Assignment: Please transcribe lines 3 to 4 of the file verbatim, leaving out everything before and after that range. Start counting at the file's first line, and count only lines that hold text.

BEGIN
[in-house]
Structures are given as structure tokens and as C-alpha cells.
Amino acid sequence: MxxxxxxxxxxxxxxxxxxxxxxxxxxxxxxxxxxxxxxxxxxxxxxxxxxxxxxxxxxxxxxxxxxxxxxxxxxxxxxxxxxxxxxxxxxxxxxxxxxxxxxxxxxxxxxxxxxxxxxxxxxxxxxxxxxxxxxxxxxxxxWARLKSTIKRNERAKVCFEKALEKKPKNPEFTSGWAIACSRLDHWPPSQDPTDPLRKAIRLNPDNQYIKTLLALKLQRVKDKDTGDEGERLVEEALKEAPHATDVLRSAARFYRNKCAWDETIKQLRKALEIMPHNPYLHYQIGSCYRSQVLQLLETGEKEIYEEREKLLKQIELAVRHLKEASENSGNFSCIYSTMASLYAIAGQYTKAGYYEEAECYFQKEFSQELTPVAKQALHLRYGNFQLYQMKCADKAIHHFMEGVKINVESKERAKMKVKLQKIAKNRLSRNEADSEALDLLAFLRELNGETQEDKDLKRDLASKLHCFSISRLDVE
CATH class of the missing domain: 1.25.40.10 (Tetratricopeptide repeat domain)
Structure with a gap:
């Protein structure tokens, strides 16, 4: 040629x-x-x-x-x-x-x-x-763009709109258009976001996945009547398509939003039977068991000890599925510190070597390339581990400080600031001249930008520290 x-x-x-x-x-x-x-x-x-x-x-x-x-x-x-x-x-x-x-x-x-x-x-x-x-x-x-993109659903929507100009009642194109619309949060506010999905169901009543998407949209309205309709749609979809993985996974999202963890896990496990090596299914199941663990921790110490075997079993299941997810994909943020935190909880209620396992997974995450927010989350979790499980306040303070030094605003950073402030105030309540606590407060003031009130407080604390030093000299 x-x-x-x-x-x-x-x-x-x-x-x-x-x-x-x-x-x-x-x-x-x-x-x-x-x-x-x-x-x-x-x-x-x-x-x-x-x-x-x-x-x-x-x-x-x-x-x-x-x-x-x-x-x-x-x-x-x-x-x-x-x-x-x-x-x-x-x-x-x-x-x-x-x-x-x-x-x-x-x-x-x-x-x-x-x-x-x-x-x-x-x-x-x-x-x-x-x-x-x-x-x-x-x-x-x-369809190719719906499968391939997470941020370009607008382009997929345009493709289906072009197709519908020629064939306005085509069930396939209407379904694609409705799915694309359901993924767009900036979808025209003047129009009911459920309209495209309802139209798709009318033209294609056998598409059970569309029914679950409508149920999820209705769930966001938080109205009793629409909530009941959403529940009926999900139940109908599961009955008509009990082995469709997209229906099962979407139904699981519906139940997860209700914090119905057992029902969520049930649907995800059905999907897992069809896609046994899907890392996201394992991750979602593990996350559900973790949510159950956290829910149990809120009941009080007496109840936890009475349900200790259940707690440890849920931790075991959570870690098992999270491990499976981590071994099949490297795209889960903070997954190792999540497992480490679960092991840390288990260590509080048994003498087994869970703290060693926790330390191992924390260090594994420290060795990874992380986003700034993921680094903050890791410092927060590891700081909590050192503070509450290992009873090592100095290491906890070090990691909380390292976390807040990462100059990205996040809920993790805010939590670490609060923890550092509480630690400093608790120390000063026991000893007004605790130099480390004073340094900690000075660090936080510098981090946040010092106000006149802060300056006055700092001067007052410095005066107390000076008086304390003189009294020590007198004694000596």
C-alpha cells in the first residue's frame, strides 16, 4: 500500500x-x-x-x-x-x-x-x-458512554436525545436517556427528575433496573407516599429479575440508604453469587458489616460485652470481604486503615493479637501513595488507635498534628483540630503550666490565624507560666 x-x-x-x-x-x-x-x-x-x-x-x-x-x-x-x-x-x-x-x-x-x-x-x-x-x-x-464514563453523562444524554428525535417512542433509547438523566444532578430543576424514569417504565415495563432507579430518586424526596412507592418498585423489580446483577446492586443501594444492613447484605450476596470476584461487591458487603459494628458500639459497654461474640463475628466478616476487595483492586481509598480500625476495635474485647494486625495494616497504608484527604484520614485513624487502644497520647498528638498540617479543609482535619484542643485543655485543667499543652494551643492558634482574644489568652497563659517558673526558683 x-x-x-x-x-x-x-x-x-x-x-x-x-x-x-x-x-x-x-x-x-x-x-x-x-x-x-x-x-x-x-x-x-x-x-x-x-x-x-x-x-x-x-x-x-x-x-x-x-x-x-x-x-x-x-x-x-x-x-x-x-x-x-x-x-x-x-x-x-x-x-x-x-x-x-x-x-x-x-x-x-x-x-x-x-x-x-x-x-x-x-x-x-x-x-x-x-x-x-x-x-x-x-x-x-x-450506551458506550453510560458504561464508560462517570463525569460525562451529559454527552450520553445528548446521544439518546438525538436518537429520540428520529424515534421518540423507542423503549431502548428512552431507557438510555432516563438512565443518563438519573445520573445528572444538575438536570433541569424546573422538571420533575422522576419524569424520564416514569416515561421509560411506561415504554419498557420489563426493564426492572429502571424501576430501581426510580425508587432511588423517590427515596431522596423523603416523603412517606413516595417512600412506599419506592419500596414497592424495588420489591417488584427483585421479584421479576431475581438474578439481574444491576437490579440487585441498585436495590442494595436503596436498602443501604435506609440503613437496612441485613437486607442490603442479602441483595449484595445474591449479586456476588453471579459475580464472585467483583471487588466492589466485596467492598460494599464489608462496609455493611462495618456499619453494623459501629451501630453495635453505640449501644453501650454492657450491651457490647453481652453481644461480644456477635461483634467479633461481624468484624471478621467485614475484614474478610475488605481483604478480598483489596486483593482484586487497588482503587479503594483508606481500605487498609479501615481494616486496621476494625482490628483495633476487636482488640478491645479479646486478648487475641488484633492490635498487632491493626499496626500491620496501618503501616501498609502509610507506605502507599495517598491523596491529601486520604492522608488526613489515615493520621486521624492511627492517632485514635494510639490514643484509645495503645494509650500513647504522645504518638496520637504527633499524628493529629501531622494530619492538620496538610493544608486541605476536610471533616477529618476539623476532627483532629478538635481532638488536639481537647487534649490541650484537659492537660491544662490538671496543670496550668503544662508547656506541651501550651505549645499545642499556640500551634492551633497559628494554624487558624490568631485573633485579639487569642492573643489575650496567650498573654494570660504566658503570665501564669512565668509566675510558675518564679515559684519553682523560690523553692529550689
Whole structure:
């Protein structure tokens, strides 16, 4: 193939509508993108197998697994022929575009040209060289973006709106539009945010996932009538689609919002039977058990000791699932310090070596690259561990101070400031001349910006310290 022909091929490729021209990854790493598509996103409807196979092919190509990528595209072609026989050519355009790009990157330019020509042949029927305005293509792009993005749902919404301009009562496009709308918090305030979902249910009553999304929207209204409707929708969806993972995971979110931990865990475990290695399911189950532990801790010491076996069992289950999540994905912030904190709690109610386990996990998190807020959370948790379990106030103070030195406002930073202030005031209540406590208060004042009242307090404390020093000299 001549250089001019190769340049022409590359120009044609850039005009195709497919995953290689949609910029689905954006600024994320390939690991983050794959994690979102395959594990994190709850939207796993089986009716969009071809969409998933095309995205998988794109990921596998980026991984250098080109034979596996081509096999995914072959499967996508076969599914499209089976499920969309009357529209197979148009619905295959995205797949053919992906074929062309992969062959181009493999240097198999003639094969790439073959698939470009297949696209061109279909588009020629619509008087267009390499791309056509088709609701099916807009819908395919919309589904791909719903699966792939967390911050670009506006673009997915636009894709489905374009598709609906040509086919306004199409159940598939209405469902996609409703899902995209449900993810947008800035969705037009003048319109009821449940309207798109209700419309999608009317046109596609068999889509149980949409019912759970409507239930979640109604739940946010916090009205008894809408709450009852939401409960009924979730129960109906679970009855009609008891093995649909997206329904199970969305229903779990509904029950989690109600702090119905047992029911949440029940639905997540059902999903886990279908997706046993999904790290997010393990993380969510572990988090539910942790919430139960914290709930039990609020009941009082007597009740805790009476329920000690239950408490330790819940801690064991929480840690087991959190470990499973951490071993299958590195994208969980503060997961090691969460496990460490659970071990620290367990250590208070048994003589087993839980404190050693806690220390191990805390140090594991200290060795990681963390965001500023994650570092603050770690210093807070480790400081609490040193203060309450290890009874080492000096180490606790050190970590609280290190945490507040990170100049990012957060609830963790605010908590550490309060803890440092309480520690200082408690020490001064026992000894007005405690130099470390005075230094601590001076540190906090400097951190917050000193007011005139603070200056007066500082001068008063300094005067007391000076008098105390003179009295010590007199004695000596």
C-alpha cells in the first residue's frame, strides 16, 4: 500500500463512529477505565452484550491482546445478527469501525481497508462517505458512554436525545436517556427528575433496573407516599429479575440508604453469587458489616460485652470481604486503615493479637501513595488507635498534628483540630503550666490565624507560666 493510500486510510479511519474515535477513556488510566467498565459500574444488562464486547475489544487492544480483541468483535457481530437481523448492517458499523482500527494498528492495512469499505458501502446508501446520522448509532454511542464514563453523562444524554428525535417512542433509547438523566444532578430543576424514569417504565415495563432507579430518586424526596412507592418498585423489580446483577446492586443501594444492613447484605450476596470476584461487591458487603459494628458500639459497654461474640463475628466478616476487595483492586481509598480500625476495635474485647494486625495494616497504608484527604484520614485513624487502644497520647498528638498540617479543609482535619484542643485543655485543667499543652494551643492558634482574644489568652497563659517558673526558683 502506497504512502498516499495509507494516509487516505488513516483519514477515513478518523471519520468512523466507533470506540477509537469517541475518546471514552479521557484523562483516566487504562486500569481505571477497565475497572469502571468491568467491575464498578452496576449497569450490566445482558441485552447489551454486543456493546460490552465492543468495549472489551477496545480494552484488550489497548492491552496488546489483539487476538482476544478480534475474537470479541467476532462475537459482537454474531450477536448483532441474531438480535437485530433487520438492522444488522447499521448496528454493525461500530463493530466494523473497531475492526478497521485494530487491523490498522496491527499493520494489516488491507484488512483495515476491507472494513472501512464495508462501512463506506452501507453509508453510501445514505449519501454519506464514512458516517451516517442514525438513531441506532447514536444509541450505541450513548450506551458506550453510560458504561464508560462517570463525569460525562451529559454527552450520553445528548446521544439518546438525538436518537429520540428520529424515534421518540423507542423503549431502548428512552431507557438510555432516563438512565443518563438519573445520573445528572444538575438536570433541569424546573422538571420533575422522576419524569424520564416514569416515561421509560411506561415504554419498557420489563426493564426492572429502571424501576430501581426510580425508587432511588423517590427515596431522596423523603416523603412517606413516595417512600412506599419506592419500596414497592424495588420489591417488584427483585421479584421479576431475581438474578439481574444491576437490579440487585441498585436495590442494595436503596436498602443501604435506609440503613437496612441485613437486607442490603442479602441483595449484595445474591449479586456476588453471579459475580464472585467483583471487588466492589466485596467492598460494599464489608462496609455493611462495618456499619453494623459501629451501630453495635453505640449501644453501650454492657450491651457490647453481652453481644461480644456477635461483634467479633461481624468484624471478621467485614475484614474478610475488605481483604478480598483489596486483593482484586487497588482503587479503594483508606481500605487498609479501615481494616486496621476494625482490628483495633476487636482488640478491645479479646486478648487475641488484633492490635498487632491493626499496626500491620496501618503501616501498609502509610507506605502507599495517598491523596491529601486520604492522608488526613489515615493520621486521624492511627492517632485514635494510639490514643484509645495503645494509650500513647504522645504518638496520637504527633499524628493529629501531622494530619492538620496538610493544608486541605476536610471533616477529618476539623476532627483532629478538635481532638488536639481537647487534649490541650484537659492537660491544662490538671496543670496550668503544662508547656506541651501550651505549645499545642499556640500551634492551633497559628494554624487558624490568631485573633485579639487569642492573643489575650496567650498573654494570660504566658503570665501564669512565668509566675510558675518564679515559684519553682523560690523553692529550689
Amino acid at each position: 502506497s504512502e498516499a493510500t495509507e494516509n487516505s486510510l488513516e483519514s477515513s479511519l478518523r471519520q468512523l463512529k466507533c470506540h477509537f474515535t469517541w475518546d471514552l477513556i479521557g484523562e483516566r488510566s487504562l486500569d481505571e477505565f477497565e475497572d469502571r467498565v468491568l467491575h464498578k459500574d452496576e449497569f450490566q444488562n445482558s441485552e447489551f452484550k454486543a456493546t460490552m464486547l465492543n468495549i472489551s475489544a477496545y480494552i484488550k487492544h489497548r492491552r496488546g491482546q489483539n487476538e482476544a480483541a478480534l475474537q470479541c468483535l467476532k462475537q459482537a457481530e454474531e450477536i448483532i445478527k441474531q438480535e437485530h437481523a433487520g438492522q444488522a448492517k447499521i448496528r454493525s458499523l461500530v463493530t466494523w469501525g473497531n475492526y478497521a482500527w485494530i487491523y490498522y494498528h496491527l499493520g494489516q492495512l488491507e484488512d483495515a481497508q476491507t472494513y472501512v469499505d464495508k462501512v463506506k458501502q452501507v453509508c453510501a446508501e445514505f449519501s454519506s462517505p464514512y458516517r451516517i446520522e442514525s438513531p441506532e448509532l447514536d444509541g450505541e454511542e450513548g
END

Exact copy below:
Amino acid sequence: MxxxxxxxxxxxxxxxxxxxxxxxxxxxxxxxxxxxxxxxxxxxxxxxxxxxxxxxxxxxxxxxxxxxxxxxxxxxxxxxxxxxxxxxxxxxxxxxxxxxxxxxxxxxxxxxxxxxxxxxxxxxxxxxxxxxxxxxxxxxxxWARLKSTIKRNERAKVCFEKALEKKPKNPEFTSGWAIACSRLDHWPPSQDPTDPLRKAIRLNPDNQYIKTLLALKLQRVKDKDTGDEGERLVEEALKEAPHATDVLRSAARFYRNKCAWDETIKQLRKALEIMPHNPYLHYQIGSCYRSQVLQLLETGEKEIYEEREKLLKQIELAVRHLKEASENSGNFSCIYSTMASLYAIAGQYTKAGYYEEAECYFQKEFSQELTPVAKQALHLRYGNFQLYQMKCADKAIHHFMEGVKINVESKERAKMKVKLQKIAKNRLSRNEADSEALDLLAFLRELNGETQEDKDLKRDLASKLHCFSISRLDVE
CATH class of the missing domain: 1.25.40.10 (Tetratricopeptide repeat domain)